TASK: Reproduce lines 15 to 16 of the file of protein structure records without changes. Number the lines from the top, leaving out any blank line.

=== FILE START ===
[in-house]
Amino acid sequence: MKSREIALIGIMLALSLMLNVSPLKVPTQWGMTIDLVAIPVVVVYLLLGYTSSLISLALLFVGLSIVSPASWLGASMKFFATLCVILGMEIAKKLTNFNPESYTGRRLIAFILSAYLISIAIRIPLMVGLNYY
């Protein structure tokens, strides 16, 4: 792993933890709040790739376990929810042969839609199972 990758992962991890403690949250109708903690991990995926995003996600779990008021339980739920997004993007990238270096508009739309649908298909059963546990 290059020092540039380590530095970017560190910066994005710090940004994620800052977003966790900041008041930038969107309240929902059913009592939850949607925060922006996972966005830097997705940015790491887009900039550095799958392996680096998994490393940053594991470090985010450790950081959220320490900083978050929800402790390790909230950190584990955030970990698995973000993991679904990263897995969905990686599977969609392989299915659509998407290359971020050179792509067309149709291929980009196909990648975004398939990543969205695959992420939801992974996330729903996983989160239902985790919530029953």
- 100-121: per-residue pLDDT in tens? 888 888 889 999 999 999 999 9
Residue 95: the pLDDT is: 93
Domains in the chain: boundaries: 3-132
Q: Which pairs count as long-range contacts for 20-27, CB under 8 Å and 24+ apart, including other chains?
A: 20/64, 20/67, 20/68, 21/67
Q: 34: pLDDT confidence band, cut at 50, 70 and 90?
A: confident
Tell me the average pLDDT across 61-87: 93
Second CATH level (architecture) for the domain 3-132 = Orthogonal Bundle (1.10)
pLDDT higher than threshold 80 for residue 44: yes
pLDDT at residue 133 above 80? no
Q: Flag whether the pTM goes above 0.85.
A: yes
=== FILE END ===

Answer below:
Q: Flag whether the pTM goes above 0.85.
A: yes